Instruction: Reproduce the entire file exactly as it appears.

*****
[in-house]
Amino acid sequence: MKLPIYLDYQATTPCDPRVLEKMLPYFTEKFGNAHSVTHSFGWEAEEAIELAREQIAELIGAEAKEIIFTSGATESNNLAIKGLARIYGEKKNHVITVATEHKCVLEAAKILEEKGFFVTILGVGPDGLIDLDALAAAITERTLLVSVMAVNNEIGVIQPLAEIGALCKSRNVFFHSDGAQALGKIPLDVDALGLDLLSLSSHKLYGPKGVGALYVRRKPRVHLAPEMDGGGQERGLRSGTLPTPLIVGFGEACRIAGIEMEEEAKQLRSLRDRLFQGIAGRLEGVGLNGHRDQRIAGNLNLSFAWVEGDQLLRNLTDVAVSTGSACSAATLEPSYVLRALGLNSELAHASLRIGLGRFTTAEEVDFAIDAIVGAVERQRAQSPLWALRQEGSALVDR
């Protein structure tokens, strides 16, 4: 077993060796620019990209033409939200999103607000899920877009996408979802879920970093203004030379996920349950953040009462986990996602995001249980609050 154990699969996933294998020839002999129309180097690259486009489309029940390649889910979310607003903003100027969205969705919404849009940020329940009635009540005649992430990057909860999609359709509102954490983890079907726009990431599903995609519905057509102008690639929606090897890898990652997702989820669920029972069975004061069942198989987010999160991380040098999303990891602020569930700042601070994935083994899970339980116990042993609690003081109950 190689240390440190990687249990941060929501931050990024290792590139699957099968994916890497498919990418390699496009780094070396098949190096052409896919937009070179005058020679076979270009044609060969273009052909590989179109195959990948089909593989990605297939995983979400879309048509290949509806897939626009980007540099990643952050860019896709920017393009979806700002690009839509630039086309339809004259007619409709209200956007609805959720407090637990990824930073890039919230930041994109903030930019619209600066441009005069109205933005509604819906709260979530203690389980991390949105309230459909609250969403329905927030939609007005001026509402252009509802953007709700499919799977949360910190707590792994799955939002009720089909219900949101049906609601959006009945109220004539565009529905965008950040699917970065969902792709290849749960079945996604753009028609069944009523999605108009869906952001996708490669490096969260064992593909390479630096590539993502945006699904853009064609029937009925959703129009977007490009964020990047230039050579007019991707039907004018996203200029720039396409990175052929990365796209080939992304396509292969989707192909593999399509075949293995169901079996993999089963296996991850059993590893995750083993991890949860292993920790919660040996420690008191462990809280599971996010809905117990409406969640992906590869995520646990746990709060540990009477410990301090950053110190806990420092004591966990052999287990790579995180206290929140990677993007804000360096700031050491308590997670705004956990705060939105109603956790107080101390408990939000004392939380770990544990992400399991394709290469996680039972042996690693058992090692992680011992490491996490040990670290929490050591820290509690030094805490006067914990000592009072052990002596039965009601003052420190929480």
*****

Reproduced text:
[in-house]
Amino acid sequence: MKLPIYLDYQATTPCDPRVLEKMLPYFTEKFGNAHSVTHSFGWEAEEAIELAREQIAELIGAEAKEIIFTSGATESNNLAIKGLARIYGEKKNHVITVATEHKCVLEAAKILEEKGFFVTILGVGPDGLIDLDALAAAITERTLLVSVMAVNNEIGVIQPLAEIGALCKSRNVFFHSDGAQALGKIPLDVDALGLDLLSLSSHKLYGPKGVGALYVRRKPRVHLAPEMDGGGQERGLRSGTLPTPLIVGFGEACRIAGIEMEEEAKQLRSLRDRLFQGIAGRLEGVGLNGHRDQRIAGNLNLSFAWVEGDQLLRNLTDVAVSTGSACSAATLEPSYVLRALGLNSELAHASLRIGLGRFTTAEEVDFAIDAIVGAVERQRAQSPLWALRQEGSALVDR
């Protein structure tokens, strides 16, 4: 077993060796620019990209033409939200999103607000899920877009996408979802879920970093203004030379996920349950953040009462986990996602995001249980609050 154990699969996933294998020839002999129309180097690259486009489309029940390649889910979310607003903003100027969205969705919404849009940020329940009635009540005649992430990057909860999609359709509102954490983890079907726009990431599903995609519905057509102008690639929606090897890898990652997702989820669920029972069975004061069942198989987010999160991380040098999303990891602020569930700042601070994935083994899970339980116990042993609690003081109950 190689240390440190990687249990941060929501931050990024290792590139699957099968994916890497498919990418390699496009780094070396098949190096052409896919937009070179005058020679076979270009044609060969273009052909590989179109195959990948089909593989990605297939995983979400879309048509290949509806897939626009980007540099990643952050860019896709920017393009979806700002690009839509630039086309339809004259007619409709209200956007609805959720407090637990990824930073890039919230930041994109903030930019619209600066441009005069109205933005509604819906709260979530203690389980991390949105309230459909609250969403329905927030939609007005001026509402252009509802953007709700499919799977949360910190707590792994799955939002009720089909219900949101049906609601959006009945109220004539565009529905965008950040699917970065969902792709290849749960079945996604753009028609069944009523999605108009869906952001996708490669490096969260064992593909390479630096590539993502945006699904853009064609029937009925959703129009977007490009964020990047230039050579007019991707039907004018996203200029720039396409990175052929990365796209080939992304396509292969989707192909593999399509075949293995169901079996993999089963296996991850059993590893995750083993991890949860292993920790919660040996420690008191462990809280599971996010809905117990409406969640992906590869995520646990746990709060540990009477410990301090950053110190806990420092004591966990052999287990790579995180206290929140990677993007804000360096700031050491308590997670705004956990705060939105109603956790107080101390408990939000004392939380770990544990992400399991394709290469996680039972042996690693058992090692992680011992490491996490040990670290929490050591820290509690030094805490006067914990000592009072052990002596039965009601003052420190929480």